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Not every superlative means that a stock is actually super. In one new ranking from Consumer Reports, the "winning" stocks could be well worth avoiding.
The venerable magazine's online offshoot The Consumerist released the final results of its yearly version of the March Madness tournament. The site pits brackets of companies against one another, gathering reader votes on its way toward a climactic showdown for The Worst Company in America. Last week, BP (NYSE: BP ) emerged as the deeply dubious victor.
That's one bad reputation
With the anniversary of the Deepwater Horizon accident and subsequent Gulf of Mexico oil spill upon us, BP's dishonorable mention seems perfectly timed.
As much as some corporate managers seem to think that the public has the collective attention span of a sand flea -- witness Transocean (NYSE: RIG ) management's recent attempt to bestow financial congratulations upon themselves for "safety" in 2010 -- Americans don't seem to have forgotten BP's transgressions. The Gulf of Mexico disaster still lingers in the public's minds, which is bad news for BP investors who were convinced this company could somehow sail through this mess and sanitize its besmirched reputation.
Hot on the heels of being named America's worst company, BP turned around and sued Transocean, Cameron International, and Halliburton (NYSE: HAL ) , further emphasizing those companies' shared blame for the incident. The voting probably had nothing to do with that decision; there are tons of reasons, financial and otherwise, that BP would want to dilute its own culpability in the Deepwater Horizon disaster. But being nationally reviled definitely can't do the company any good.
In a possible attempt to regain our favor, and appease federal and state governments in the process, BP has pledged a further $1 billion for Gulf Coast restoration. Just don't forget that it's also seeking to gain billions from the business partners it's now suing.
In the final showdown, BP beat out Bank of America (NYSE: BAC ) as the worst of the worst. However, this was one nailbiter of a match: 50.87% of respondents voted for BP as the worst corporate villain, while 49.13% voted for Bank of America. The Consumerist decided to give Bank of America a scatologically named second-place prize, stating that this vote marked the slimmest margin of victory in this competition's six-year history.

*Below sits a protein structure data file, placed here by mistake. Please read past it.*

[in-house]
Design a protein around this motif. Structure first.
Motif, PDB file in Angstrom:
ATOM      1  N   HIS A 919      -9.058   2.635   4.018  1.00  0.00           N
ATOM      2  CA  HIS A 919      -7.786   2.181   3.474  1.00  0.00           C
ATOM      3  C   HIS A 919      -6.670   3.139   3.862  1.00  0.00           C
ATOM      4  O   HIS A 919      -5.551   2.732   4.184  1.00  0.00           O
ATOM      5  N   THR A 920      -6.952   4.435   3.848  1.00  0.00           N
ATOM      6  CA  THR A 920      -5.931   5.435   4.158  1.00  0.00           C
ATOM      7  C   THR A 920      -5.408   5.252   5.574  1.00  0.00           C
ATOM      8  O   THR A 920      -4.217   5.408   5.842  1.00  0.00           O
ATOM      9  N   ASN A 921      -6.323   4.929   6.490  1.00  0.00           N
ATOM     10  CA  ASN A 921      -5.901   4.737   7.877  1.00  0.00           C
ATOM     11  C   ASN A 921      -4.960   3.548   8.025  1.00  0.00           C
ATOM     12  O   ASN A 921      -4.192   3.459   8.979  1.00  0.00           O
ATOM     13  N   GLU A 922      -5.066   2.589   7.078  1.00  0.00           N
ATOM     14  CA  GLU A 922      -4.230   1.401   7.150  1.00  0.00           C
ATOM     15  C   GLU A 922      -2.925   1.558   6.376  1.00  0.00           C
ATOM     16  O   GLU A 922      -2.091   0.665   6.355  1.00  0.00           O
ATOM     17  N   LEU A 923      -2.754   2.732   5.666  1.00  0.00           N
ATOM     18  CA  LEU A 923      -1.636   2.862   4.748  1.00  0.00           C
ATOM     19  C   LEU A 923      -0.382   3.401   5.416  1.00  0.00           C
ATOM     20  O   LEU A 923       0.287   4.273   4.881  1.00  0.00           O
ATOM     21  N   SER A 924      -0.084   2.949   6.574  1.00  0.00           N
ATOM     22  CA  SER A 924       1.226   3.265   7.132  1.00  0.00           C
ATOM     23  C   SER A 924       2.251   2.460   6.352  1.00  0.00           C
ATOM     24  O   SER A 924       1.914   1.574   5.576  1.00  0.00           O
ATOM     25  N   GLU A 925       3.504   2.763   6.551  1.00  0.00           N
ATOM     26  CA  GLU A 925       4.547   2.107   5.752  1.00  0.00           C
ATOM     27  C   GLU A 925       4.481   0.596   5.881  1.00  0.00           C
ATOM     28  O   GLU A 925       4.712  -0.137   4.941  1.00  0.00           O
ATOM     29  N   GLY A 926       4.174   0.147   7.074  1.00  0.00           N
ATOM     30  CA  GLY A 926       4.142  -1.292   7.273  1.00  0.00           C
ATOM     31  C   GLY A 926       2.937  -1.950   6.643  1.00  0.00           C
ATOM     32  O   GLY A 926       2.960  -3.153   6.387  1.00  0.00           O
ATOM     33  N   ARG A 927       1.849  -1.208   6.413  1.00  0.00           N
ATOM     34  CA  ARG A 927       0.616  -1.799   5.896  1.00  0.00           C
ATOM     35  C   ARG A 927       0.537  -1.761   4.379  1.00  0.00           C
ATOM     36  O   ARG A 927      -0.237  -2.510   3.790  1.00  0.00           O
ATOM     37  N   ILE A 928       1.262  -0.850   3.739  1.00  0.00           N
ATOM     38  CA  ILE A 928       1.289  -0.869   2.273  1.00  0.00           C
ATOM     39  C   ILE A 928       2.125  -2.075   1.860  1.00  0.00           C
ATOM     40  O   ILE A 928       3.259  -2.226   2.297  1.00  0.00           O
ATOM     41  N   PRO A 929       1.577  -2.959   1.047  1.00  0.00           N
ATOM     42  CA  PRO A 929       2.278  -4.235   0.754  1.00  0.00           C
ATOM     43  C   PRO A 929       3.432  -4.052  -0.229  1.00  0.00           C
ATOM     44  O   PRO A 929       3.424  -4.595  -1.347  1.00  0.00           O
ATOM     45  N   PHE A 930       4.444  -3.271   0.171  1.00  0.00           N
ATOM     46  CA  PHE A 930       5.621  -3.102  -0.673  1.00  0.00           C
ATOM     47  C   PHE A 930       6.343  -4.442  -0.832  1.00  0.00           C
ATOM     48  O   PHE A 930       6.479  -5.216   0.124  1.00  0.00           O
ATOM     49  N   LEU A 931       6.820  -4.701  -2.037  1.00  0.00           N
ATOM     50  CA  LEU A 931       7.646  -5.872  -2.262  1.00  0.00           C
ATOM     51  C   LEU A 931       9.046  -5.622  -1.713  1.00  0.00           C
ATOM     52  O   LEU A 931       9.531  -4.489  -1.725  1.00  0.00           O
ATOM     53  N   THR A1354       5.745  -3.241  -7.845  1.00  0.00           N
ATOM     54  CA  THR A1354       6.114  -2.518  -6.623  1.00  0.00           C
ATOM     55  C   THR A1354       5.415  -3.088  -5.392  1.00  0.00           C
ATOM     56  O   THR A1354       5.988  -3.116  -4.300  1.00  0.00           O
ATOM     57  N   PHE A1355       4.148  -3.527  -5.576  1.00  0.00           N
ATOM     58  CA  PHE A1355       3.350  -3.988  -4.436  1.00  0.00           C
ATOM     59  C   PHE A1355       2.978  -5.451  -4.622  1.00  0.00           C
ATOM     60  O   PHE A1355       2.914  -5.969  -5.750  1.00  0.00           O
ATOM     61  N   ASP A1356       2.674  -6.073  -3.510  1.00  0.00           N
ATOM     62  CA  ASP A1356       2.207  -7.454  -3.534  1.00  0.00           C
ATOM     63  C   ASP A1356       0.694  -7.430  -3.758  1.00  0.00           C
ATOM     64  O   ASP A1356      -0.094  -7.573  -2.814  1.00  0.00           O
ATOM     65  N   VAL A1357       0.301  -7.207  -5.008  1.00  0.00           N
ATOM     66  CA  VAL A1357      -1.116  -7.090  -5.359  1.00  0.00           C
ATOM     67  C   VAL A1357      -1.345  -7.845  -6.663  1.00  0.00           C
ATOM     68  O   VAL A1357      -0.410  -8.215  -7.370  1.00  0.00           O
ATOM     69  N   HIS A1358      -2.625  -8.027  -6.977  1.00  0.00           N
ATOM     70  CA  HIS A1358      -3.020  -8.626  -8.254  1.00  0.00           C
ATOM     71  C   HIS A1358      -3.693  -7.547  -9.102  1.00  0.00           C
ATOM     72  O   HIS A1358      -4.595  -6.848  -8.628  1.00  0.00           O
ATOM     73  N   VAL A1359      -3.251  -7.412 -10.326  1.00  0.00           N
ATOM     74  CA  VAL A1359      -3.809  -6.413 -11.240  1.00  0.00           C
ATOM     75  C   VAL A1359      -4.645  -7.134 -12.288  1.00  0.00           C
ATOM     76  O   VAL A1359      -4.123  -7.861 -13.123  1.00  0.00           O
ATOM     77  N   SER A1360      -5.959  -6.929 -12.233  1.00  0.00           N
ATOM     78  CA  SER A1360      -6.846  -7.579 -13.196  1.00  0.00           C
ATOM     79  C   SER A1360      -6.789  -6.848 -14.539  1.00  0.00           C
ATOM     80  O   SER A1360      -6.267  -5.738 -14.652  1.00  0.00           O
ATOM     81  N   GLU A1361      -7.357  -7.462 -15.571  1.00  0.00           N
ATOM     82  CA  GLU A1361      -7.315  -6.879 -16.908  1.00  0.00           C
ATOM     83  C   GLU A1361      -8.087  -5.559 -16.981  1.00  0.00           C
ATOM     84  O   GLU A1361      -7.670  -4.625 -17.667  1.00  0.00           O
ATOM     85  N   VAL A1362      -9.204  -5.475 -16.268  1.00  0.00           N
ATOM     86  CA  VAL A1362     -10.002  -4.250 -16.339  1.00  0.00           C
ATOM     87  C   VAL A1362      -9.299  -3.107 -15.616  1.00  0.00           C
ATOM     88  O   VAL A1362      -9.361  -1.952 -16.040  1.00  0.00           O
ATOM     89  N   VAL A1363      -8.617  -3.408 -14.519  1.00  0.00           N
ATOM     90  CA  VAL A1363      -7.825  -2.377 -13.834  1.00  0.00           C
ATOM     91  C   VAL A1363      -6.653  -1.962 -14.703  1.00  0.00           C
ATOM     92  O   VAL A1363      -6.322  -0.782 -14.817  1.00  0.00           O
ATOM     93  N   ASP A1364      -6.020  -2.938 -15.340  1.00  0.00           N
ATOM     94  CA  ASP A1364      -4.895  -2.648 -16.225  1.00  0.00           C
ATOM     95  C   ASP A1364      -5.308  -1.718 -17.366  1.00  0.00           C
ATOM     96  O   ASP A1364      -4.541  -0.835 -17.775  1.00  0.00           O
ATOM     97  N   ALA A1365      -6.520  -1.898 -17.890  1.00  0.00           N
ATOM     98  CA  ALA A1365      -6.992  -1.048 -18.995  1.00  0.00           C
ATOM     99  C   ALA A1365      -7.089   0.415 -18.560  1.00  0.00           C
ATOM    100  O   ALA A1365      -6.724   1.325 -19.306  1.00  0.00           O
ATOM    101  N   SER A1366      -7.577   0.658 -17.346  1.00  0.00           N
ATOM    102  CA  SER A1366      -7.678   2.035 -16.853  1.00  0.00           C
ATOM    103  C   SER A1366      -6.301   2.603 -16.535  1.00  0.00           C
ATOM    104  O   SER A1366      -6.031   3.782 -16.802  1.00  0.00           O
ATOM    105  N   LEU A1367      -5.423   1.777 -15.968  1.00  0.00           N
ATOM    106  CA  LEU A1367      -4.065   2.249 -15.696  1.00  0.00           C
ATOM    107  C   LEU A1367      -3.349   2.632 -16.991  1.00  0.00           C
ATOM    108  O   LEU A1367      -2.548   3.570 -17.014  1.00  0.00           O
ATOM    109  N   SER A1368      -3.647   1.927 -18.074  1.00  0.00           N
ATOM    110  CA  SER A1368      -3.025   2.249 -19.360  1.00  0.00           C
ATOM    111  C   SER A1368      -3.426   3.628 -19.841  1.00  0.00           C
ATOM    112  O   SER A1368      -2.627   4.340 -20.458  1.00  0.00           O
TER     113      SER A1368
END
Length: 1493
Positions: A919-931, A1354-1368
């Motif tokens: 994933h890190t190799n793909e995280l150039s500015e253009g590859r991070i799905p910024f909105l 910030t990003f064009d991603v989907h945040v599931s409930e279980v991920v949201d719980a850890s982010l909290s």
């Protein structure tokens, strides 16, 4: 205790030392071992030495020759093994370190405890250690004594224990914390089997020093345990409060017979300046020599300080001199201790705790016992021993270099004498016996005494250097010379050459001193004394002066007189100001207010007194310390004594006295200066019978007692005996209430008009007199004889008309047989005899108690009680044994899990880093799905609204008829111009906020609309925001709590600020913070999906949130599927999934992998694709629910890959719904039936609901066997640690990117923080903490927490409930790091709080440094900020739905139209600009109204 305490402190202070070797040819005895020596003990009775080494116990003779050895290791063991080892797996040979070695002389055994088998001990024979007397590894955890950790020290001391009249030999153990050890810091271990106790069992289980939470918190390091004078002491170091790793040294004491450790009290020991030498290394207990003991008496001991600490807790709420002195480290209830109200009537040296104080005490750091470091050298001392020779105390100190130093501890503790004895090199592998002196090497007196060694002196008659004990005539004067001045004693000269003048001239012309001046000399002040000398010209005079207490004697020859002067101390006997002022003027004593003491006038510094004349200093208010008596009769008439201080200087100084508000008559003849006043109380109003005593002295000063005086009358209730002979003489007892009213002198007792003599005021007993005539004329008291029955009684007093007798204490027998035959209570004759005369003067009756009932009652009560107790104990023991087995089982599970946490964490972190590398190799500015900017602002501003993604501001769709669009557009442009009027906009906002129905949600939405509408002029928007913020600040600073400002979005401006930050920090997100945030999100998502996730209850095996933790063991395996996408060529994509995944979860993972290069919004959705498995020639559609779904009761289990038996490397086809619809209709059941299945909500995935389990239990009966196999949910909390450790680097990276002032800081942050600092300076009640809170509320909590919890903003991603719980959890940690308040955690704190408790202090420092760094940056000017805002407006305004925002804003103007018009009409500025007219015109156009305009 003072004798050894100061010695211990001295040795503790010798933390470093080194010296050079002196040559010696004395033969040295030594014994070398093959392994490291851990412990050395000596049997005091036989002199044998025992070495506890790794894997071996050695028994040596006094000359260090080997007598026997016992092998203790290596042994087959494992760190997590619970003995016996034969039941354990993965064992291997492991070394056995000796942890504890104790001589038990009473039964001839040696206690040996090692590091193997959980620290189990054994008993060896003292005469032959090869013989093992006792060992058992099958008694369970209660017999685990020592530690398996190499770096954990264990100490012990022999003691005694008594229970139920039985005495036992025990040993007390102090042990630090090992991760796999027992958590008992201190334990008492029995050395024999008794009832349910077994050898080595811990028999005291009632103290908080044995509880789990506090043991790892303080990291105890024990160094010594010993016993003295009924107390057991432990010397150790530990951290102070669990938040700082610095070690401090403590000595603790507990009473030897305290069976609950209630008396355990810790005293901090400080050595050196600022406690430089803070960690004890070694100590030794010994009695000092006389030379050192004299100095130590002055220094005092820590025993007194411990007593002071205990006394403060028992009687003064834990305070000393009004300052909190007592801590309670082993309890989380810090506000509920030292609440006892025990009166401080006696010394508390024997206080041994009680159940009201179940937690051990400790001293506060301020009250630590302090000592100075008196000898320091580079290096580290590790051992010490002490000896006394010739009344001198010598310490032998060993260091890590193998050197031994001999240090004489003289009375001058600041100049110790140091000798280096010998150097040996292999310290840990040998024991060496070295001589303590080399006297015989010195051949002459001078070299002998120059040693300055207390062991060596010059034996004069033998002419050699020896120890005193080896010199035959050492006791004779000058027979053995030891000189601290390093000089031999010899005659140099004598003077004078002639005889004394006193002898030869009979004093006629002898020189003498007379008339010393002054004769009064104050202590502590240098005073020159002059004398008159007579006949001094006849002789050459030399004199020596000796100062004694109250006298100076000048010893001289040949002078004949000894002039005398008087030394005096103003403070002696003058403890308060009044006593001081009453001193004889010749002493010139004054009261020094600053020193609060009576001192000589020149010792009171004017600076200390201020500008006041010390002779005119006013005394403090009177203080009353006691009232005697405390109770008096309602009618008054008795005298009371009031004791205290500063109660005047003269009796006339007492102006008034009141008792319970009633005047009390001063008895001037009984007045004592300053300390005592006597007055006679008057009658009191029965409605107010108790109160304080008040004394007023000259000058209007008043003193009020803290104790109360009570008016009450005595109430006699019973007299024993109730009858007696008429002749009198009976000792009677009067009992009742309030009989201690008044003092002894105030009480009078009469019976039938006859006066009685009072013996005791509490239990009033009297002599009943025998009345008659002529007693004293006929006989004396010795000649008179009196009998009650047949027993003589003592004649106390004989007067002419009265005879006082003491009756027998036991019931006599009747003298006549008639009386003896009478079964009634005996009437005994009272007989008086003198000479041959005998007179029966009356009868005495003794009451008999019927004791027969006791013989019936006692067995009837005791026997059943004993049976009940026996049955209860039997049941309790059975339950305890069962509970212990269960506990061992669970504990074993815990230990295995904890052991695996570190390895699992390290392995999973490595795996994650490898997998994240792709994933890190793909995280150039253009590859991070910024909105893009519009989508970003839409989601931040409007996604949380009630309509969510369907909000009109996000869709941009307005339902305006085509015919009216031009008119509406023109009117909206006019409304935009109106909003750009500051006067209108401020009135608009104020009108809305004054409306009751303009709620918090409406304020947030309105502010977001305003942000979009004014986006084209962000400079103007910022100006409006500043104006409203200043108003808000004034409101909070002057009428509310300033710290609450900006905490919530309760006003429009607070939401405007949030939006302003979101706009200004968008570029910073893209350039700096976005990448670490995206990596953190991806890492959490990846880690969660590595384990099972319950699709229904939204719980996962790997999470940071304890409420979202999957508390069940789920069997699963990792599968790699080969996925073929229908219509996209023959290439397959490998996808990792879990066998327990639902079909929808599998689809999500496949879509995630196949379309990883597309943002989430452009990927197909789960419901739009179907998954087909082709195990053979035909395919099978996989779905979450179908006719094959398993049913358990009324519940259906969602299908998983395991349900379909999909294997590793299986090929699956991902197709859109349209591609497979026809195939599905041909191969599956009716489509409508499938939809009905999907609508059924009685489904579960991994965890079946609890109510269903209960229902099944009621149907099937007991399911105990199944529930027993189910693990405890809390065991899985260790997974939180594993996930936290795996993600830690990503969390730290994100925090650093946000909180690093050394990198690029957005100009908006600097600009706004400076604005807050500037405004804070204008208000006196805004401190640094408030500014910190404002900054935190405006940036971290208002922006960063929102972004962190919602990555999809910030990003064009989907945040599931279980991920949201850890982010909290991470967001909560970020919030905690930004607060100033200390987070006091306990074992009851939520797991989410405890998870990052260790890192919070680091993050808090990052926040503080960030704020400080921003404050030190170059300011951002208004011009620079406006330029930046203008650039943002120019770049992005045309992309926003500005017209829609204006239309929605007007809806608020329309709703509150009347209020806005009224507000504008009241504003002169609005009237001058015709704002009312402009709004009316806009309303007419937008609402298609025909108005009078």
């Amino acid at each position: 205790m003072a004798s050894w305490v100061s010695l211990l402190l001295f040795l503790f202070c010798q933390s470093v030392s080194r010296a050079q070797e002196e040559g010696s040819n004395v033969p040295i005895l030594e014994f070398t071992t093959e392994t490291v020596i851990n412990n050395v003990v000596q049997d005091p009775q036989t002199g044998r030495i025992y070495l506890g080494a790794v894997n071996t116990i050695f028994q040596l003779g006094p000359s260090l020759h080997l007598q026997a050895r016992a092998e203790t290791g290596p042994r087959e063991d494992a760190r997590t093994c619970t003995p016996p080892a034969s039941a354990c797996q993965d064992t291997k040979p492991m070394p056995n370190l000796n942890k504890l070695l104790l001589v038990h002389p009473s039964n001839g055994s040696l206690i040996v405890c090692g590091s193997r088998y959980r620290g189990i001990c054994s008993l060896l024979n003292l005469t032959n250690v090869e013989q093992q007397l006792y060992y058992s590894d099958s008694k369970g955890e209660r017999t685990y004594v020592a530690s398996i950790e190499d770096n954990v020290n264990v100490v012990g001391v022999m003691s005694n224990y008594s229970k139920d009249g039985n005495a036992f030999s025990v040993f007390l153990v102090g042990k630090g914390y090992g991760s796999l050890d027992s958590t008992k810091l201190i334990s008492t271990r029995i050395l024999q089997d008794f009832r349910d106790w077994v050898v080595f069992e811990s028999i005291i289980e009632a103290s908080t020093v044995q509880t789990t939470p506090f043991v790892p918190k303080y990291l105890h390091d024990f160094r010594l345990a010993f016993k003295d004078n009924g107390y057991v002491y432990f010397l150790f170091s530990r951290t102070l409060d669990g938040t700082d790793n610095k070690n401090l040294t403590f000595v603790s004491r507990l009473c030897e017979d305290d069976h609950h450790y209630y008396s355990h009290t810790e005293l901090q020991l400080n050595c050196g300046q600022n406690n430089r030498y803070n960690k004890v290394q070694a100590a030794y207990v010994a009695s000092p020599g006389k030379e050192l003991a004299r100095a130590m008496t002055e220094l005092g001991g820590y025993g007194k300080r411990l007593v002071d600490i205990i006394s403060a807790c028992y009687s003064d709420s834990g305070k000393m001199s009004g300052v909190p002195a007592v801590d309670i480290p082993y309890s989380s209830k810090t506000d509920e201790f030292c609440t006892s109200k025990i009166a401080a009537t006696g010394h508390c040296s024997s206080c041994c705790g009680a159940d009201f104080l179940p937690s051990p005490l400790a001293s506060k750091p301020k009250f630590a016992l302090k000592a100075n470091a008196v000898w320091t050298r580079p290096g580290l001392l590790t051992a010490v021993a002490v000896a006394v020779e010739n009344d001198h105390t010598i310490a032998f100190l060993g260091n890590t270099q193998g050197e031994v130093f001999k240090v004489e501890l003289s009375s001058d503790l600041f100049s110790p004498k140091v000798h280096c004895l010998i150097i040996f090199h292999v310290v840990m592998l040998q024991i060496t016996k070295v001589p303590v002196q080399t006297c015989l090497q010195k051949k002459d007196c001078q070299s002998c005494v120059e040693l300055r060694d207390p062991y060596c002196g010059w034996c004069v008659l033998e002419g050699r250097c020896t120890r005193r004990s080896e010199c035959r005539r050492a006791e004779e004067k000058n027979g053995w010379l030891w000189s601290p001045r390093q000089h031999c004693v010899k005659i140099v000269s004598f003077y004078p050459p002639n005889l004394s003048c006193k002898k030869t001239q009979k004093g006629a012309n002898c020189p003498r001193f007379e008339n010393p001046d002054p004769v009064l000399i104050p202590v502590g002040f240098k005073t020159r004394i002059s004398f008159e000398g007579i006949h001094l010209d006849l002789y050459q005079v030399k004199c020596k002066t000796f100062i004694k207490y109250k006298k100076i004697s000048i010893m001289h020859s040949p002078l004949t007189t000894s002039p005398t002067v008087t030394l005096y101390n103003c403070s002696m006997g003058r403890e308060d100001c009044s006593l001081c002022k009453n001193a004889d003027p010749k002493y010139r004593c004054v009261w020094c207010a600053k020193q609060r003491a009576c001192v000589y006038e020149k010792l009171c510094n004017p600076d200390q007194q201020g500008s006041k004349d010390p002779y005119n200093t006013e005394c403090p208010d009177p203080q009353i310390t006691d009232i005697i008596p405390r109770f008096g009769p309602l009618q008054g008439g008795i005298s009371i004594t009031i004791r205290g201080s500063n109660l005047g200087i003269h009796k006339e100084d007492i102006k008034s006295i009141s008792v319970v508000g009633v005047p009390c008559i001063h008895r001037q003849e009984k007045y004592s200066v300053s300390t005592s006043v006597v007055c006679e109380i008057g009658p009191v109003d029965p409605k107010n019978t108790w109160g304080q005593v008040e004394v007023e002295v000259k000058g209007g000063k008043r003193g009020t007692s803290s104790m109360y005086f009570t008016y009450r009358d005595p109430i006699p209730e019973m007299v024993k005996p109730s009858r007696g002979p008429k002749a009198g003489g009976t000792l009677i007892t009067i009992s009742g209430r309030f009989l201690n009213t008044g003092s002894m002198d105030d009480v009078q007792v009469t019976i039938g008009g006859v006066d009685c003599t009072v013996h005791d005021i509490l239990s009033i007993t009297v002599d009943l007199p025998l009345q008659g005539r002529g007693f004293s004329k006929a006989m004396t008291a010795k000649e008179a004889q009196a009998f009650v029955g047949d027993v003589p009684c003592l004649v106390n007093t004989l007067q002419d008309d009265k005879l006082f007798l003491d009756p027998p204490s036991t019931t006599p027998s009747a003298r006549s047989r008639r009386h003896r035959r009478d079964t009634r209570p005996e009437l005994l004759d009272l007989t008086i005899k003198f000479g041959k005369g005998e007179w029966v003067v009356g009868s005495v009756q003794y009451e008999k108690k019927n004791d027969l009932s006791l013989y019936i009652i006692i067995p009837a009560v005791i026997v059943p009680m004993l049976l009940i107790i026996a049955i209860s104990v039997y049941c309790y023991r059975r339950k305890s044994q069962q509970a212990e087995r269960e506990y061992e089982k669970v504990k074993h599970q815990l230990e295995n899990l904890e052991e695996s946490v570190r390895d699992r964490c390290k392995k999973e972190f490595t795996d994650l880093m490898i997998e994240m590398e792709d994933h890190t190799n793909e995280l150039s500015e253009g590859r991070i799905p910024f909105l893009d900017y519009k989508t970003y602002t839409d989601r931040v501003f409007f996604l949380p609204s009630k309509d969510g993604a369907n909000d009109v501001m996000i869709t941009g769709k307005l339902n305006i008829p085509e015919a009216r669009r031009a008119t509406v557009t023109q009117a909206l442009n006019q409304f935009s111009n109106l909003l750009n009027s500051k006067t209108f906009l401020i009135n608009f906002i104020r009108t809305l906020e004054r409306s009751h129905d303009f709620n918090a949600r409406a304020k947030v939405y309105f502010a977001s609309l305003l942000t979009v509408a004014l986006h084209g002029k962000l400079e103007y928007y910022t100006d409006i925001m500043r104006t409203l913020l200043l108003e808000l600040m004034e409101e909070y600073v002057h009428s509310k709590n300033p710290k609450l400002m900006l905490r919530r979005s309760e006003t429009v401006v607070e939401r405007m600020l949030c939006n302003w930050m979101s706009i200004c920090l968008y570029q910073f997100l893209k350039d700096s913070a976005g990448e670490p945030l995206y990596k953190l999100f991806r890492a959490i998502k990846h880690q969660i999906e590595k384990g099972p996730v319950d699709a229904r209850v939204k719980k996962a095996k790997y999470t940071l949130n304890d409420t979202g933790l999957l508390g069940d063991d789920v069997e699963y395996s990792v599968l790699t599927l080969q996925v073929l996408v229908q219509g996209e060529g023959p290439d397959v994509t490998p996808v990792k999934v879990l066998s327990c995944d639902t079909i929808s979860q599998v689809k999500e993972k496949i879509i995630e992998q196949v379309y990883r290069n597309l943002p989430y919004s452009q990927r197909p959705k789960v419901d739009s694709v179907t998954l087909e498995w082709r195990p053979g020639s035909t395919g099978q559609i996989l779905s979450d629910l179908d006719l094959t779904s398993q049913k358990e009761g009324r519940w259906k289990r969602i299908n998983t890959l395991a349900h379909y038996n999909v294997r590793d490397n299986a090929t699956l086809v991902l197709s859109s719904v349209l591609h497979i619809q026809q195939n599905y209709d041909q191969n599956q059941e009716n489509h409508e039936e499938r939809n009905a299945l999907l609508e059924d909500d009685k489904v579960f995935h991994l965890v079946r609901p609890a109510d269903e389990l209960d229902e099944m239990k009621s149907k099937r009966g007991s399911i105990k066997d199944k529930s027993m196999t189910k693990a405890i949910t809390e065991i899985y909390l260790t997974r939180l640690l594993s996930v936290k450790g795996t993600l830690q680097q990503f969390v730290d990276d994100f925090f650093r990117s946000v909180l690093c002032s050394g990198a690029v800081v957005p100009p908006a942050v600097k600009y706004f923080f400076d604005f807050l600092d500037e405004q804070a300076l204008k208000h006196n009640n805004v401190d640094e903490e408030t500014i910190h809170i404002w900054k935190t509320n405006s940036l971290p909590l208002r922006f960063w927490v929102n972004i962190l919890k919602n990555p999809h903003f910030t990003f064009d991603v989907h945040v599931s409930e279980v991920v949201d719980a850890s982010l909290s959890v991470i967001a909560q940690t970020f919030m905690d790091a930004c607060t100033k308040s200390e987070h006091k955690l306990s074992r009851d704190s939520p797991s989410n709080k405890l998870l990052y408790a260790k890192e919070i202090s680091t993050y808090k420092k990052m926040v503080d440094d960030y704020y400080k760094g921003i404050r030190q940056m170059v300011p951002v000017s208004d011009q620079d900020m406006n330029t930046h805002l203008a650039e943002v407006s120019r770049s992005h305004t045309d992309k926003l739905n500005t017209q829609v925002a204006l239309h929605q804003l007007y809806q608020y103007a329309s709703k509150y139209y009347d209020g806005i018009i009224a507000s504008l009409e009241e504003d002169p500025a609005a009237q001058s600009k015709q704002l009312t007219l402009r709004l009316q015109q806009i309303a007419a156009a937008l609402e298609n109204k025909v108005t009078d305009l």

If you're curious about what other companies earned honorable mentions in this grim competition, Ticketmaster and Comcast (Nasdaq: CMCSA ) both got knocked out of the Final Four bracket. However, that doesn't make any public rancor against them or their oft-decried customer service any less serious.
When companies stir up increasing amounts of ire among the customers on whose patronage they depend for survival, investors should take notice.
One way or another, negative consumer sentiment will almost always erode sales growth over the long haul. Even if customers can't reject a corporate baddie now, one day a rival will come along, promise better treatment, and poof! Bye bye, customers. We could probably call this The Blockbuster Principle, since the video rental chain's dismal fate stemmed almost entirely from its own customer-unfriendly behavior.
Whether you're seeking the bottom of the barrel of the cream of the crop, sifting through stocks to find these extremes can definitely help your investing. Several organizations attempt to quantify different forms of goodwill in the corporate realm. For example, Harris Interactive releases an annual Reputation Quotient score, and Corporate Responsibility magazine releases its "100 Best Corporate Citizens" list on a yearly basis, tracking companies on a variety of metrics such as employee relations, corporate governance, and many other positive factors.
Such data can make a great starting point when conducting investment research. Last year's top company in Harris Interactive's Reputation Quotient survey was Berkshire Hathaway (NYSE: BRK-B ) ; Corporate Responsibility magazine's No. 1 "Best Corporate Citizen" was Johnson Controls (NYSE: JCI ) .
Weed "the worst" out of your portfolio
Intangibles add art to the science of investing. Even though such factors' very nature makes them difficult for investors to quantify, elements like customer goodwill can still make a measurable difference in a company's success in the marketplace.
When it comes to superlative stocks, investors should try to weigh customer satisfaction and other "softer" statistics to find the best prospects for their portfolios -- and avoid the worst.
Check back at Fool.com every Wednesday and Friday for Alyce Lomax's columns on corporate governance.